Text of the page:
In the quarters, Portugal and Germany played out another classic in Basel, Die Mannschaft running out 3-2 despite the fresh pitch turning into a quagmire as the game wore on. Two goals from two teasing set pieces, which lured out Ricardo for Klose and Ballack to prod home into an empty net sealed the win, in a performace featuring all of Germany’s best elements under Joachim Löw; explosiveness from Podolski supported by creativity from Ballack and Schweinsteiger who joined the forward line. In the other Basel quarter, another romp, an end to end game between the Dutch and Russia finished 1-1 at full time, but with the Dutch late equaliser buoying them on to attack recklessly, a savvy Russia led by a Dutchman in Guus Hiddink pounced on two chances on the counter, both coming from poor errors from stalwart goalkeeper Edwin van der Sar, giving them a surprise 3-1 victory. 

Over the border in Vienna, Turkey and Croatia played out a turgid 0-0 for 115 minutes before the game exploded. Rüştü Reçber, the Turkish backup goalkeeper who came in for Volkan Demirel (suspended during a brawl which broke out in injury time vs Czech Republic) inexplicably wandered out of his goal to close down Luka Modrić on the right side of the box, whose dinked ball into the penalty area allowed Ivan Klasnić to nod into an empty net. With 119 minutes on the clock, this seemed to be the end of it. Croatian substitutes were on the pitch celebrating when Turkey launched one final Hail Mary into the box in the 122nd minute, and with the ball ricocheting off the three panicked Croatian players who went for the same header, the ball fell to super-sub Semih Şentürk to rifle home into the top corner. Shocked by the late goal, Croatia fell apart in the shootout, converting only one of their four penalties as Turkey produced another improbable victory, with Reçber going from zero to hero saving Mladen Petrić’s penalty. 

Two days later, Spain and Italy played out another tense encounter. Deadlock after 120 minutes. Dani Güiza, the winner of the pichichi in the 07/08 season (the 1st Spanish winner since 2002) missed the chance to give Spain match point with the 4th penalty- “don’t worry Dani - don’t worry, I’ll save the next one for you!” roars Casillas as Güiza headed back to the group. Save from Di Natale he did, leaving Cesc Fàbregas to fire them into the semis. Spain, for the first time in history, beat Italy at a major tournament, broke their quarter final curse for the first time since 1984, and won a penalty shootout for the first time at a Euros since 1984. They got the monkey off their back in many aspects.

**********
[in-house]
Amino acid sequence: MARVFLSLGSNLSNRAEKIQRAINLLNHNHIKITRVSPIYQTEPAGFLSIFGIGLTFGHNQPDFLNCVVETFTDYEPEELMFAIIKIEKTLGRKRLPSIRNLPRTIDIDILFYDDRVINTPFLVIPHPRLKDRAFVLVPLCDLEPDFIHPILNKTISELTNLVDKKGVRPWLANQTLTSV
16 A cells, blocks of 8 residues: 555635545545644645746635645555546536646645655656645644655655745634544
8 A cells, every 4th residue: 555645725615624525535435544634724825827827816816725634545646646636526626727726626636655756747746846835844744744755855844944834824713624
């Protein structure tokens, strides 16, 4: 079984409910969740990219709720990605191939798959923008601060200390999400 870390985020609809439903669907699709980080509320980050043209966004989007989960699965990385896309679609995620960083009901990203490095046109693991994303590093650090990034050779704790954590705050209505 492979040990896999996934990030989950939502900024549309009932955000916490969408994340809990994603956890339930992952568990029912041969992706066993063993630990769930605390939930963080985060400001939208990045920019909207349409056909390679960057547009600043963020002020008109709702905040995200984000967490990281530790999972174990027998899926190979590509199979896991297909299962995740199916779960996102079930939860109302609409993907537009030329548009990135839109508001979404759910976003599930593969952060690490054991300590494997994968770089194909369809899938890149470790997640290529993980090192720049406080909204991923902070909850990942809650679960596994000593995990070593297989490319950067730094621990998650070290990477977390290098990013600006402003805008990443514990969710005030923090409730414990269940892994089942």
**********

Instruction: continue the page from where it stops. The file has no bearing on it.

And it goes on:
Spain players swarm penalty hero Casillas


Basel was then host to yet another classic in the semi, and yet another 3-2. The brutal storms returned to cause the TV signal to be lost for 20 minutes, wreaking havoc in the International Broadcast Centre. On the pitch, another Lehmann howler gifted Turkey the lead, but a glorious flicked finish from Schweinsteiger levelled the scores before the break. Klose scored a near carbon copy of his goal vs Portugal, with a deep, flat, floated cross from Lahm luring out Reçber for Klose to prod home into an empty net. Semih Şentürk looked to have took the game to extra time at 2-2 with a stabbed finish at the near post, after a cross which bobbled on the meeting point of two grass panels. But a surging run from Philipp Lahm, finding the energy out of nowhere, after a one-two with Simon Rolfes, with a needle-threading second pass to find the onrushing Lahm, swiped the ball home into the top corner in the 90th minute.